As a result, the AM-PM conversion distortion generated in the output of the transmitter causes a phase error in the output of the modulator at the receiving side so that the value of Eb/No in the Eb/No to bit error rate characteristics would be lowered by about 0.3 dB when compared with theoretical non distortion. Here, Eb/No is the ratio of the noise power density in the input of the receiver (W/Hz) to the power per bit in the input of the receiver (W).
The lowering of Eb/No causes serious problems such as a need to review the circuit design or change the antenna size as in the case of satellite communication where the operation should be performed at a low Eb/No as possible so as to transmit as much information.
The object of the present invention is to eliminates the above problems, and to provide a transmitter apparatus for mobile satellite communication terminals which can perform transmission without being adversely affected by AM-PM conversion deformation even when a power amplifier in a nonlinear region is used.
To this end, the present invention provides an envelope equalizer before a four-phase modulator, which envelope equalizer receives the outputs of a two-series Nyquist filter as its input, and makes constant the envelope on an orthogonal axis of the output of the Nyquist filer. The output of the envelope equalizer is input to the four-phase modulator. In this case, because the amplitude of the phase modulator output can be made constant, it is possible to eliminate the effects of AM-PM conversion distortion from a high-power amplifier so that the phase error can be reduced.
The present invention will be further described in detail with reference to the accompanying drawings, in which:
FIG. 1 is a block diagram of a prior-art transmitter apparatus for mobile satellite communication terminal;
FIG. 2 is a block diagram of a first embodiment of the present invention;
FIG. 3 is a diagram showing a waveform for each phase point in the configuration shown in FIG. 2 on an orthogonal axis;
FIG. 4 is a block diagram of a first embodiment of the envelope equalizer 12 of the present invention;
FIG. 5 is a diagram showing a detailed configuration of the envelope equalizer 12 shown in FIG. 4;
FIG. 6 is a block diagram of a second embodiment of the envelope equalizer 12 of the present invention; and
FIG. 7 is the second embodiment when the phase modulator of the present invention is applied to a 16-phase modulator.
FIG. 2 shows a functional block diagram of a transmitter apparatus for a mobile satellite communication terminal used in the present invention. In the figure, a Nyquist filter 11, a four-phase modulator 13, and a power amplifier 14 have configurations similar to those shown in FIG. 1, and therefore their description is omitted here.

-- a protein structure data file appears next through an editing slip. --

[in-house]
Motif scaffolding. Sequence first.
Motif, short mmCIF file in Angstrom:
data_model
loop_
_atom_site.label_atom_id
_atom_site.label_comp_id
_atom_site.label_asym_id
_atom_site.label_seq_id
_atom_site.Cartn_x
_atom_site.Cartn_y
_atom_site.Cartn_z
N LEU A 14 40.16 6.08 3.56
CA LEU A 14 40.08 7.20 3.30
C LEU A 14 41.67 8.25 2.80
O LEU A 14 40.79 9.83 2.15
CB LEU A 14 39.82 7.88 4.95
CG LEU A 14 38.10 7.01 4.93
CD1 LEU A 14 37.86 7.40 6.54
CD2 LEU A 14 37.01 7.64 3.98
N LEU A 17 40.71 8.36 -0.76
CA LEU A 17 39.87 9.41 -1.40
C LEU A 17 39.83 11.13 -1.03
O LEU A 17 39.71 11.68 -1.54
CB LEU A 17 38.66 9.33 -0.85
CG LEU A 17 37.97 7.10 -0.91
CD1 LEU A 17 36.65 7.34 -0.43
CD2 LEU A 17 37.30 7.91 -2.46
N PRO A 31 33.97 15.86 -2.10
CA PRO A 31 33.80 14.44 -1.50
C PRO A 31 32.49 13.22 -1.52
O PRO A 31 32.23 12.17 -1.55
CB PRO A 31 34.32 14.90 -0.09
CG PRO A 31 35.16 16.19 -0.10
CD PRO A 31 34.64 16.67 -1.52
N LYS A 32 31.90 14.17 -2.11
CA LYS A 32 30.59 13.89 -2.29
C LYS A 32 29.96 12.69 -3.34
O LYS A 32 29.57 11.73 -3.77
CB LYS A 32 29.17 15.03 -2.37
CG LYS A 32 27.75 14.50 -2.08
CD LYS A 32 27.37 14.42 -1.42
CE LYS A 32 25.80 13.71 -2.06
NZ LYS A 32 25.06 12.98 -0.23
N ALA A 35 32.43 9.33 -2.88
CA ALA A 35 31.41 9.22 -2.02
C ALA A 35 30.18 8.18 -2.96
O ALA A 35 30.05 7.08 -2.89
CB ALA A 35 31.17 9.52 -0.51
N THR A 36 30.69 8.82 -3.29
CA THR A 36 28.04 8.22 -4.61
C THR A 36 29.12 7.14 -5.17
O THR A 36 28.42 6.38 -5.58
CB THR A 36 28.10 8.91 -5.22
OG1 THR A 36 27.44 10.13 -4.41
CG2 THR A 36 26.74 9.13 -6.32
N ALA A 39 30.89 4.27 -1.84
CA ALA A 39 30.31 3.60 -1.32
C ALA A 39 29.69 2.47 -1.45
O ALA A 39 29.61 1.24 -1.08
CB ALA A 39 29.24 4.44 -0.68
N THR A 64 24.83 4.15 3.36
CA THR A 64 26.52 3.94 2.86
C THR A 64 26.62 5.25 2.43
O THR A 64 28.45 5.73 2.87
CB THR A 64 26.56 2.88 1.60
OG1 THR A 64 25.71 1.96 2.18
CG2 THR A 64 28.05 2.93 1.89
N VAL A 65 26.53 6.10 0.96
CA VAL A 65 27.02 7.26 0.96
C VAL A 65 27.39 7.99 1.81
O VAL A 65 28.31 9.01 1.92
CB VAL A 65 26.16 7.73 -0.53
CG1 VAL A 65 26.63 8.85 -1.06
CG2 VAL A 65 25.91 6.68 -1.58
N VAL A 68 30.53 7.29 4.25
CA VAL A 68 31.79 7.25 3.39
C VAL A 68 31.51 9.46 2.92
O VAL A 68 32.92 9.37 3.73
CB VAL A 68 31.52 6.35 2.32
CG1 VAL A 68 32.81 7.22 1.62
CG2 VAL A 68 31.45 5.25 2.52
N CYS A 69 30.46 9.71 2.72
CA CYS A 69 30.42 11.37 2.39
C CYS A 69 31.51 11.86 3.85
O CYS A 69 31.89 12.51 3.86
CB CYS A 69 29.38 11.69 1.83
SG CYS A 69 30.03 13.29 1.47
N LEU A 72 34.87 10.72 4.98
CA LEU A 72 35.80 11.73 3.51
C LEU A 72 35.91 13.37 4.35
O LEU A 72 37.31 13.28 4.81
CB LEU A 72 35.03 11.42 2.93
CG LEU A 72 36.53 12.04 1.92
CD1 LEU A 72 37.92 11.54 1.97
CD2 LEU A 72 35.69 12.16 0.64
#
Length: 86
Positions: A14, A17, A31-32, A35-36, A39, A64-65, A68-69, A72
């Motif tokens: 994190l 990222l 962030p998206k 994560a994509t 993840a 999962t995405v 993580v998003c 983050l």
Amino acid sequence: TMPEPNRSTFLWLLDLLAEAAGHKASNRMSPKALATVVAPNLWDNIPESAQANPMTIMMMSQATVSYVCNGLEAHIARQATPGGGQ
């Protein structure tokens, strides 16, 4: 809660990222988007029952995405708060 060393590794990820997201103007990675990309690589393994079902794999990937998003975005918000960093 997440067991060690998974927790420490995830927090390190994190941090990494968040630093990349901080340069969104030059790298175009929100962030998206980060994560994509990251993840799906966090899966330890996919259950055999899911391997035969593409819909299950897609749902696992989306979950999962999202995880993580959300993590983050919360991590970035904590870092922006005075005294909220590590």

In the figure, the difference from the configuration of FIG. 1 lies in that the envelope equalizer 12 is provided between the Nyquist filter 11 and the four-phase modulator 13. In the figure, two series of transmission data orthogonal signals DI and DQ are input to the Nyquist filter 11, and coded, respectively. The output of the Nyquist filter 11 is then input to the envelope equalizer 12, and then to the power amplifier 14 after the amplitude of each signal is made constant. That is, the envelope equalizer 12 has the function of receiving, as its input, two series of data signals DI ' and DQ ' which are equalized for the waveform in the Nyquist filter 11, and the function of converting them to two series of data signals DI " and DQ " with a constant amplitude at each phase.
Here, FIG. 3 is a diagram representing the phase states of four points in orthogonal four-phase modulated waves for the two series of data I and Q on a phase plane. The envelope equalizer has the function of equalizing the signals so that the locus (envelope) of each phase point to the phase change constructs a circular locus with a constant distance to the origin (the value of "a" in the figure).
FIG. 4 shows an example of a detailed configuration of the envelope equalizer 12. In the figure, input terminals A and B are used to input orthogonal data DI ' and DQ ', respectively. A phase point in the first quadrant in this case is indicated as X in FIG. 3. In this case, it is on a locus different from the circular locus. The equalizer determines absolute values |DI '| and |DQ '| of orthogonal data DI ' and DQ ' with an absolute value circuit 20. Each value is input to a division circuit 21 to conduct the division of |DI '|/|DQ '|.